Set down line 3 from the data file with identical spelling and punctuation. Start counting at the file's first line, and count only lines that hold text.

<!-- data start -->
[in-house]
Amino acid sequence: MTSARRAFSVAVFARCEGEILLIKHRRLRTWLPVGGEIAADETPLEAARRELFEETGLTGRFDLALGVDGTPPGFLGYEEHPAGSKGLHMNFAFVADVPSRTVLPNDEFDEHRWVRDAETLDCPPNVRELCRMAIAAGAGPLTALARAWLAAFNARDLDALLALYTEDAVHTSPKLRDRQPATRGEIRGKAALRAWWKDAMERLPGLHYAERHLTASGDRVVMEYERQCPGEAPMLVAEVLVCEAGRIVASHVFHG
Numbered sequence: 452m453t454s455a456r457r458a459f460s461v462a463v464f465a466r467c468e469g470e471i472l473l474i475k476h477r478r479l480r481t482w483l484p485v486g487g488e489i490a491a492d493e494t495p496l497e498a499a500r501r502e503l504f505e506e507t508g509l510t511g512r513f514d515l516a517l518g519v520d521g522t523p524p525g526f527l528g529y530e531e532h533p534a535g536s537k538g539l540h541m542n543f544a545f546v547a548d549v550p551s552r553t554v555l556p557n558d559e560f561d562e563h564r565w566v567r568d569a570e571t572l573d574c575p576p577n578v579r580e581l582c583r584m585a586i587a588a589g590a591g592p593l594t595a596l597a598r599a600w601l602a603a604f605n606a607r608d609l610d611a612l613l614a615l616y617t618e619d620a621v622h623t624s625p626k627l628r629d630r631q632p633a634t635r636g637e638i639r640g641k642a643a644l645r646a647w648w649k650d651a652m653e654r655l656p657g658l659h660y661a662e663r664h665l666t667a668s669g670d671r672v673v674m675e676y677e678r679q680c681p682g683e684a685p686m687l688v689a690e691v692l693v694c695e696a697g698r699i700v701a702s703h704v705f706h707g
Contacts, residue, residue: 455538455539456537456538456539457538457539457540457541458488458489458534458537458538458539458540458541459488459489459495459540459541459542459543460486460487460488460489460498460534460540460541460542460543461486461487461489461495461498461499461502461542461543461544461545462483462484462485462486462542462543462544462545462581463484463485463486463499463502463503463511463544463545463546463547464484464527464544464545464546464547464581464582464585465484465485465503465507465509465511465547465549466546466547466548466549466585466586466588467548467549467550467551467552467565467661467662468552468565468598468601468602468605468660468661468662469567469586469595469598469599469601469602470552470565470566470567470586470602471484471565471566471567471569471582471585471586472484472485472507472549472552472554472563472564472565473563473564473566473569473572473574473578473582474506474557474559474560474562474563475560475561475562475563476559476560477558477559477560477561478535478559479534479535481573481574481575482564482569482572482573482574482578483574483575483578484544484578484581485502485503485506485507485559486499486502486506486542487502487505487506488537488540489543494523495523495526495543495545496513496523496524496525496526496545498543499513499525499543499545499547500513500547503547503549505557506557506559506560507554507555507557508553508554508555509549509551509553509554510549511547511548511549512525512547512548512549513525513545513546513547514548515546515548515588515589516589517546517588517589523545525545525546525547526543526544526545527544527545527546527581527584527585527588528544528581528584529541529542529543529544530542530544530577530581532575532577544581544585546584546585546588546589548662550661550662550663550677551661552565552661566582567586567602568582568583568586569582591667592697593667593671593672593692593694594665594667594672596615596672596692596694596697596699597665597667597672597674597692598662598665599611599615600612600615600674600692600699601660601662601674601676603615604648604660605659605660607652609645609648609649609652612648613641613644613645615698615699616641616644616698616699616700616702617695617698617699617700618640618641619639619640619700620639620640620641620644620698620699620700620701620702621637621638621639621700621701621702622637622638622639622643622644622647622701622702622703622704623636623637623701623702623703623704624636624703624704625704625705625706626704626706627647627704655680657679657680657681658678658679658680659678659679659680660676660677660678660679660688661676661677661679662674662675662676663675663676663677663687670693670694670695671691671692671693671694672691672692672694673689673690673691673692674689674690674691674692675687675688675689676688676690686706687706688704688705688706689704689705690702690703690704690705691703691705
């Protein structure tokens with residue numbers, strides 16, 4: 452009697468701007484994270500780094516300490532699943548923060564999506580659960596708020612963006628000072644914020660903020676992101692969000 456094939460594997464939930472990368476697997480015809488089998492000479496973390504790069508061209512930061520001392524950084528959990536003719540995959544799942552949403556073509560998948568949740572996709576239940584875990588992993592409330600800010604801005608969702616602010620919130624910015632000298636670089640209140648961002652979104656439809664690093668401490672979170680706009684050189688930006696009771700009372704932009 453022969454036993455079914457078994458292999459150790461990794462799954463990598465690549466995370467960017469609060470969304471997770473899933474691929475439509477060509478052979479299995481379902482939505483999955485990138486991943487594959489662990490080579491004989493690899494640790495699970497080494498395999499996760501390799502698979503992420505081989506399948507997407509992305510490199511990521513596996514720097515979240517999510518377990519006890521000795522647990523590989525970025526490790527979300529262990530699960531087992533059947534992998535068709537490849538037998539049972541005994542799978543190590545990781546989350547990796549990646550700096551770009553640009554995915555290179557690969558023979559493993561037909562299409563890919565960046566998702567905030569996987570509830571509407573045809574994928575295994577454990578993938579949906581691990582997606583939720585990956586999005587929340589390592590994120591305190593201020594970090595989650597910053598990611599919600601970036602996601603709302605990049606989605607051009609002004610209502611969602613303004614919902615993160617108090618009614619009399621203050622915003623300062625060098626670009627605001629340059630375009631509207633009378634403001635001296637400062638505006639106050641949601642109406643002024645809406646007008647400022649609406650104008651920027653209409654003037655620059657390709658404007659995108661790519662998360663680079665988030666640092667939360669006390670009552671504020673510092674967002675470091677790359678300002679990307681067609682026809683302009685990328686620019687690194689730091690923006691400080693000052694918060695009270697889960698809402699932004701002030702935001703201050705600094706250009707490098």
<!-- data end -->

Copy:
Numbered sequence: 452m453t454s455a456r457r458a459f460s461v462a463v464f465a466r467c468e469g470e471i472l473l474i475k476h477r478r479l480r481t482w483l484p485v486g487g488e489i490a491a492d493e494t495p496l497e498a499a500r501r502e503l504f505e506e507t508g509l510t511g512r513f514d515l516a517l518g519v520d521g522t523p524p525g526f527l528g529y530e531e532h533p534a535g536s537k538g539l540h541m542n543f544a545f546v547a548d549v550p551s552r553t554v555l556p557n558d559e560f561d562e563h564r565w566v567r568d569a570e571t572l573d574c575p576p577n578v579r580e581l582c583r584m585a586i587a588a589g590a591g592p593l594t595a596l597a598r599a600w601l602a603a604f605n606a607r608d609l610d611a612l613l614a615l616y617t618e619d620a621v622h623t624s625p626k627l628r629d630r631q632p633a634t635r636g637e638i639r640g641k642a643a644l645r646a647w648w649k650d651a652m653e654r655l656p657g658l659h660y661a662e663r664h665l666t667a668s669g670d671r672v673v674m675e676y677e678r679q680c681p682g683e684a685p686m687l688v689a690e691v692l693v694c695e696a697g698r699i700v701a702s703h704v705f706h707g